First, there is the sense of belonging and common purpose. There are always challenges in our industry, and we consider our chief task as maintaining market access. This can take the shape of working with FDA or USDA on technical/regulatory issues.
Or defending the interests of importers before the Department of Commerce, the International Trade Commission or other governmental bodies. Without the support of FPAA members, none of this work would be possible.
6. What are the main projects the FPAA is currently working on?
We have been very active in the food safety area, as well as in working with USDA on Marketing Order regulations such as for tomatoes, grapes and citrus. Each season, there are unique challenges that oftentimes require an all-hands-on-deck approach. In recent years, we have devoted extra attention to trade issues such as the ITC investigations into blueberries, bell peppers, strawberries, cucumbers, squash and raspberries. Taken together, along with tomatoes, well over half of Mexican produce exports are under some form of investigation or sanction, which we believe to have been unfairly and politically motivated. Nonetheless, we take pride in working to keep market access open. We rely on the support of American-based importers to make this possible.
7. What events does the FPAA organize annually and how do they benefit the membership?
We have hosted 52 installments of the Nogales Fall Convention and Golf Tournament, and this is every November. It’s a great way to kick off the importing season, both by connecting with old friends and getting down to serious business. In the past 15 years, we have hosted a Spring Policy Summit, which has evolved over the years. We had to cancel the last two, and we are eager to resume on March 16, 2022. Check out www.freshfrommexico.com to learn more about the schedule and format.
8. How does an organization like FPAA manage to stay for more than 70 years serving the fresh produce industry?
9. What is your perspective regarding the free trade agreement between Mexico, the United States and Canada and what benefits / challenges will it bring to the industry?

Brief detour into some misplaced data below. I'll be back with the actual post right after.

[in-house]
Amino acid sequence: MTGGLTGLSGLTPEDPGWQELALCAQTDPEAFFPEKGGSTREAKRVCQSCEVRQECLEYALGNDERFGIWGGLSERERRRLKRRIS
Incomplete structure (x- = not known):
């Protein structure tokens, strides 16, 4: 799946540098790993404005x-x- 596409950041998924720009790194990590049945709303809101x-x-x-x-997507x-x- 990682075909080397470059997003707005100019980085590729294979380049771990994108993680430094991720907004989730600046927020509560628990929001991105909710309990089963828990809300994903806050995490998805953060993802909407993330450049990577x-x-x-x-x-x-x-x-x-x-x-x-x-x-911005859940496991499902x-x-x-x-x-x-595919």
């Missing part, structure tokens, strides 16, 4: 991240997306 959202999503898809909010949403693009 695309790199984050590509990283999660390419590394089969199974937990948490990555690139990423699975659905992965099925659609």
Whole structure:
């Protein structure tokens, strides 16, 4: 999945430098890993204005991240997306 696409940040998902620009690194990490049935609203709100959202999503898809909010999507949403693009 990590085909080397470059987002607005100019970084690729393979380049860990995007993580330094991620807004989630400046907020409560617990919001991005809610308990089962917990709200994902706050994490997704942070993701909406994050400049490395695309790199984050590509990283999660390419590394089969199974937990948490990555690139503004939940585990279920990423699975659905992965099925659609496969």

Achieving the USMCA or TMEC was a major challenge, and it feels like the negotiation is still not over. The issue of seasonal produce being a political football continues, despite the agreement being signed. The industry now must understand and comply with the various enforcement aspects of the agreement, including for labor enforcement.
10. What impact do you consider food safety, social responsibility and sustainability have on the industry and how has it changed over the years?
The industry dedication to improving these items continues to grow. And also government regulators in all three North American countries are updating standards for food safety, social responsibility and sustainability. While there are challenges everywhere, distributors of Mexican produce are in an enviable position. Mexican produce is oftentimes grown in protected environments that reduce water usage, while simultaneously reducing insect pressures and thus reducing chemical inputs. Mexico continues to advance worker social responsibility.
11. Do you think these issues will have any impact on consumers in the short term?
Mexican producers have a shared commitment to take the best steps for workers and the planet, while keeping consumers happy and well fed with nutritious fresh fruits and vegetables. The time is right for these themes to come together, and the future is bright.
12. What are the main trends that you think will influence the industry in the coming years?
We will see technology continue to transform the supply chain, whether through blockchain innovations or other efficiencies such as Artificial Intelligence in the warehouse and distribution/logistics settings, and growing practices. These improvements will allow for more dedication to worker development in emerging tech, providing long-term employment opportunities up and down the supply chain.